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The Thunderbird got an independent rear suspension in the 1989 model year, and Ford added a supercharger to its 3.8 engine and created the Super Coupe. Motor Trend, probably still smarting from the Renault Alliance fiasco earlier in the decade, awarded its Car of the Year award to the Super Coupe, and we can assume that the buyer of today’s Junkyard Find believed that he or she was buying the best car of 1990.
With 210 horsepower on tap and big-for-the-time 16-inch aluminum wheels, the Super Coupe was quite sporty.
This one only made it to 143K on the clock, but I’m sure each mile was lived to the fullest.
Premium Sound! The Junkyard Boogaloo Boombox uses Ford Premium Sound 6×9 speakers, and they aren’t as premium as I’d hoped they’d be.
We’ve seen a few of these cars in 24 Hours of LeMons racing, which says a lot about depreciation for worn-out MN12s. They aren’t particularly quick on a road course— about on par with the 302-powered Fox T-Birds— and the engines tend to explode after a few hours of full-throttle abuse, but supercharging is always cool.

21 - 1990 Ford Thunderbird SC Down On the Junkyard - Picture courtesy of Murilee Martin 01 - 1990 Ford Thunderbird SC Down On the Junkyard - Picture courtesy of Murilee Martin 02 - 1990 Ford Thunderbird SC Down On the Junkyard - Picture courtesy of Murilee Martin 03 - 1990 Ford Thunderbird SC Down On the Junkyard - Picture courtesy of Murilee Martin 04 - 1990 Ford Thunderbird SC Down On the Junkyard - Picture courtesy of Murilee Martin 05 - 1990 Ford Thunderbird SC Down On the Junkyard - Picture courtesy of Murilee Martin 06 - 1990 Ford Thunderbird SC Down On the Junkyard - Picture courtesy of Murilee Martin 07 - 1990 Ford Thunderbird SC Down On the Junkyard - Picture courtesy of Murilee Martin 08 - 1990 Ford Thunderbird SC Down On the Junkyard - Picture courtesy of Murilee Martin 10 - 1990 Ford Thunderbird SC Down On the Junkyard - Picture courtesy of Murilee Martin 11 - 1990 Ford Thunderbird SC Down On the Junkyard - Picture courtesy of Murilee Martin 12 - 1990 Ford Thunderbird SC Down On the Junkyard - Picture courtesy of Murilee Martin 13 - 1990 Ford Thunderbird SC Down On the Junkyard - Picture courtesy of Murilee Martin 15 - 1990 Ford Thunderbird SC Down On the Junkyard - Picture courtesy of Murilee Martin 16 - 1990 Ford Thunderbird SC Down On the Junkyard - Picture courtesy of Murilee Martin 17 - 1990 Ford Thunderbird SC Down On the Junkyard - Picture courtesy of Murilee Martin 18 - 1990 Ford Thunderbird SC Down On the Junkyard - Picture courtesy of Murilee Martin 19 - 1990 Ford Thunderbird SC Down On the Junkyard - Picture courtesy of Murilee Martin 20 - 1990 Ford Thunderbird SC Down On the Junkyard - Picture courtesy of Murilee Martin Zemanta Related Posts Thumbnail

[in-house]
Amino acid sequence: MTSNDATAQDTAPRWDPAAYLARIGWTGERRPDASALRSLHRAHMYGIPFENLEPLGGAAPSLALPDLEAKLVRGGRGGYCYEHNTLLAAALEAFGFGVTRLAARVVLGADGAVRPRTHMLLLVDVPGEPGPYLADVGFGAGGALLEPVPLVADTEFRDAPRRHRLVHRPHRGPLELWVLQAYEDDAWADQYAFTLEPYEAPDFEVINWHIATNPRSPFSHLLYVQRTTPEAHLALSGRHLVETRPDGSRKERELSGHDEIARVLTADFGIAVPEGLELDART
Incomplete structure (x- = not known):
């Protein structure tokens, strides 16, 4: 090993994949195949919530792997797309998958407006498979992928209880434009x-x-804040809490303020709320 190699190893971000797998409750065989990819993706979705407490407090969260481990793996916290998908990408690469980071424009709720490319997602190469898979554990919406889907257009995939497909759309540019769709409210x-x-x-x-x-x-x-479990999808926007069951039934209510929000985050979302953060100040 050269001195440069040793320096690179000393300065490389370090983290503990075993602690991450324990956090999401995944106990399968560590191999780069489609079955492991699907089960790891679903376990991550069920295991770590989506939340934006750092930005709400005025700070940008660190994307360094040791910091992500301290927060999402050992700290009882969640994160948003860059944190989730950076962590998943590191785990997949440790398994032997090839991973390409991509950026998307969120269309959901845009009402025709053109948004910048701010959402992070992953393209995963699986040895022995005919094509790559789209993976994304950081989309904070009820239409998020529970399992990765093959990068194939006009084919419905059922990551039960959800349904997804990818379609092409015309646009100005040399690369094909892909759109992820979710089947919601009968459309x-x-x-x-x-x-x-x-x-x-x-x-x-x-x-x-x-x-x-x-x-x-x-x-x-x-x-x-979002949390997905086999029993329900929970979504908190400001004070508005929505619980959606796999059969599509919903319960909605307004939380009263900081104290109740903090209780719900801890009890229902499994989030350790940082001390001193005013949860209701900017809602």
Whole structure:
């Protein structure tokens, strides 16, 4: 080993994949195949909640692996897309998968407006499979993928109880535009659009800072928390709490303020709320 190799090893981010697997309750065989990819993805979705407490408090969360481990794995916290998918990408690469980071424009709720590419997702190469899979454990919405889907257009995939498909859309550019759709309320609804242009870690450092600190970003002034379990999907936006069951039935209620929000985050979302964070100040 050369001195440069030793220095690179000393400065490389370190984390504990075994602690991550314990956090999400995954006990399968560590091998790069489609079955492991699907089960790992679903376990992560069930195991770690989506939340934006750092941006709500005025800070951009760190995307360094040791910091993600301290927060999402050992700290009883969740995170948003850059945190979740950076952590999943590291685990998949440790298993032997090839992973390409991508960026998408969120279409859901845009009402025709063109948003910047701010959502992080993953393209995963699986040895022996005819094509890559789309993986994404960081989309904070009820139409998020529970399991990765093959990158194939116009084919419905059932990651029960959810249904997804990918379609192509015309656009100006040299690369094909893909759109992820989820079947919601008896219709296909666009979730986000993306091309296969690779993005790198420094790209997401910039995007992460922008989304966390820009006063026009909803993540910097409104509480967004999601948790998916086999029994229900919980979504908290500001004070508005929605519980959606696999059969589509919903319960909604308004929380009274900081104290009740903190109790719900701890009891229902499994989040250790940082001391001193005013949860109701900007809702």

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Junkyard Find: 1993 Pontiac Bonneville SSEi http://www.thetruthaboutcars.com/2012/01/junkyard-find-1993-pontiac-bonneville-ssei/ http://www.thetruthaboutcars.com/2012/01/junkyard-find-1993-pontiac-bonneville-ssei/#comments Wed, 18 Jan 2012 14:00:23 +0000 http://www.thetruthaboutcars.com/?p=427062 Yesterday’s Junkyard Find from 1993 wasn’t the kind of car most of us would find interesting enough to seek out today (though I’m considering buying a Dynasty, caging it, and starting a new race series: Spec Dynasty). Today’s ’93 car is a different story. A Bonneville with 205 supercharged horses under the hood? I’ll take […]

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Yesterday’s Junkyard Find from 1993 wasn’t the kind of car most of us would find interesting enough to seek out today (though I’m considering buying a Dynasty, caging it, and starting a new race series: Spec Dynasty). Today’s ’93 car is a different story. A Bonneville with 205 supercharged horses under the hood? I’ll take one!
Granted, the fascination that Detroit had with plastic body cladding in the 1990s made for some not-so-attractive cars, especially after the sun went to work on the plastic for a decade or two, but: Roots supercharger!